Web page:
Do you walk into a room and can’t remember why you are there? Are you forgetting the names of familiar people? As we age, most of us have these “senior moments,” but for some, forgetfulness has become all too commonplace.
Unfortunately, the statistics show there is good reason to be concerned. Alzheimer’s Disease accounts for about 70% of all dementia, and 5.8 million people have received that diagnosis in the US alone. According to the Centers for Disease Control, by age 65, Americans have a 10-14% chance of developing Alzheimer’s Disease (rates vary by demographics), and by age 85, that number increases to almost 35% (National Institute on Aging). Take into account other types of dementia and the numbers are even higher.
You may have seen firsthand a parent or relative who suffered with dementia, and it’s likely they delayed telling their family and friends because they were told by doctors that nothing that could be done—no pill or treatment existed to slow or reverse the course of the disease. It was wise to “hide” because what loomed ahead was a terrifying journey that slowly took them farther away from everyone and everything they knew and loved.
Contrary to what we have come to believe, dementia is NOT a natural part of aging. So, we have to wonder why cognitive impairment has become so common in the last 30 years. What is causing our brains to fail?
It’s not a simple answer, as our brains are being affected by diet, lifestyles and the world around us. From the food we eat to the furnishings in our homes to environmental pollution, thousands of chemicals and heavy metals are inhaled or absorbed into the body every day. Stress, hormones, infections and prescription drugs can also play a role. In addition, many of us live a sedentary lifestyle without adequate exercise, preventing the brain from getting enough oxygen. Couple that with not enough good quality sleep, and the brain is unable to detoxify at night, ridding itself of the plaques that build up and contribute to Alzheimer’s disease.
Understanding these and other contributing factors to memory impairment gives us hope that memory loss, and even dementia, can be prevented and treated.
Recent research and anecdotal evidence are showing that cognitive function can often be restored depending on the cause and early intervention. Dr. Dale Bredesen, in his small but groundbreaking 2014 study in the journal Aging1, reported a dramatic 90% success rate in restoring those with mild to moderate cognitive impairment using a multi-causal, multi-therapeutic approach. After a broad array of testing, study participants were supported through dietary, lifestyle and other interventions using primarily holistic approaches.
All those in Dr. Bredesen’s initial study who had stopped working due to their memory loss were able to return to work, and results have been sustained. Over the past three years, many more people have been treated with exciting results; Dr. Bredesen has identified different types of Alzheimer’s disease based on symptoms and clinical testing, and has targeted a treatment plan for each type.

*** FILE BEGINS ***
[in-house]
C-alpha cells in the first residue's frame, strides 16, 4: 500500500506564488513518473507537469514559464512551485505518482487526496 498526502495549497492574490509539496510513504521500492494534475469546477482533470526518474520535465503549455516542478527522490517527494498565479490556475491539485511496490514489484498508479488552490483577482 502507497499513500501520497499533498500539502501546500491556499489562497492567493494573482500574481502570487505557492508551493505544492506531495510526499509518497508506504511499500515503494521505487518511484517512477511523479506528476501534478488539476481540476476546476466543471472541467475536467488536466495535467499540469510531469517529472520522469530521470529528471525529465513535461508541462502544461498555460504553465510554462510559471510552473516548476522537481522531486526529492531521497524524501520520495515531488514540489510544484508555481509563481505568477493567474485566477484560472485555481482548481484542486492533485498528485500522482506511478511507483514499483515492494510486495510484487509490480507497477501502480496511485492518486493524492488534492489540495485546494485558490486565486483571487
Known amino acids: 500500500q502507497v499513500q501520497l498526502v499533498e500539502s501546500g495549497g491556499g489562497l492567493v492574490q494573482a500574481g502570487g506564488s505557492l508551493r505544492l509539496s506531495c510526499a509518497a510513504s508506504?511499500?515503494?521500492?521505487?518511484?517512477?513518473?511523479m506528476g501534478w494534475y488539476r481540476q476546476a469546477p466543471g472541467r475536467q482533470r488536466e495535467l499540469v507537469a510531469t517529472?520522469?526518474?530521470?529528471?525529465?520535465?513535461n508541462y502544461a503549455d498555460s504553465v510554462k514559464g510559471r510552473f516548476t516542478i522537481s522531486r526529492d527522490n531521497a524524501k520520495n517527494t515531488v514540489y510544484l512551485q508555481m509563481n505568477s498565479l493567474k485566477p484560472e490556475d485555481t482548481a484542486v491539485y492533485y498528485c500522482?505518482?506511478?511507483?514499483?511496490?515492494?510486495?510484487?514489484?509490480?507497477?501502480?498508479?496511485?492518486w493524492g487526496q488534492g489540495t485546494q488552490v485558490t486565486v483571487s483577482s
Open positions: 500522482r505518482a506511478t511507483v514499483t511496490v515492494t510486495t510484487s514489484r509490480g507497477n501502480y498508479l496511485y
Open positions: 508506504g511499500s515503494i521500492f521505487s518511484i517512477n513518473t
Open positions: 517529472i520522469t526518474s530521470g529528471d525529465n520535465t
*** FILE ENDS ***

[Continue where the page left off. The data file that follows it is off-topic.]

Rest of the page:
What we are learning is that cognition has the best chance of being restored if treated soon after symptoms are recognized, and all possible causes are evaluated and treated.
A clinical trial conducted in Finland between 2009 and 2011, known as the Finnish Geriatric Intervention Study to Prevent Cognitive Impairment and Disability (FINGER), showed that diet, exercise, social interaction and mental stimulation could significantly improve memory and delay cognitive issues, even in those with a genetic predisposition to dementia2. While the study, reported in the April, 2017 issue of Scientific American, does not guarantee that these practices can prevent dementia altogether, the study is being extended for seven years to further study the effects of these interventions. The study concluded, “The take-home message from FINGER is that it may never be too early to take measures to prevent Alzheimer’s—and fortunately, it may never be too late, either: changes to the way one lives seem to help some people even after cognitive decline has already begun.”
One other important idea about our brain health is that the brain, like all of our organs, can be monitored and checked over the course of our lives. A variety of diagnostics, from an eye exam that shows plaque in the blood vessels, to inflammation markers in the blood such as elevated levels of C-reactive protein, homocysteine, HDL, and blood glucose, all reflect that there may be an underlying issue. Inflammation in the body very often translates to inflammation in the brain, decades before memory issues occur.
So, if you are among the “worried well,” know that there is much that each of us can do to keep our bodies and brains healthy, regardless of whether we have a family history of dementia. Here are some questions to ask yourself, and if you have an issue, talk to your doctor or work with a health coach.
Even small steps–better diet and lifestyle decisions, improved sleep, managed stress, and regular checkups to test for chronic disease, hormonal imbalances and inflammation–can make a big difference to living a life with our minds fully intact.
Printed in Creations Magazine, October/November 2017. Vol. 31, Issue 5
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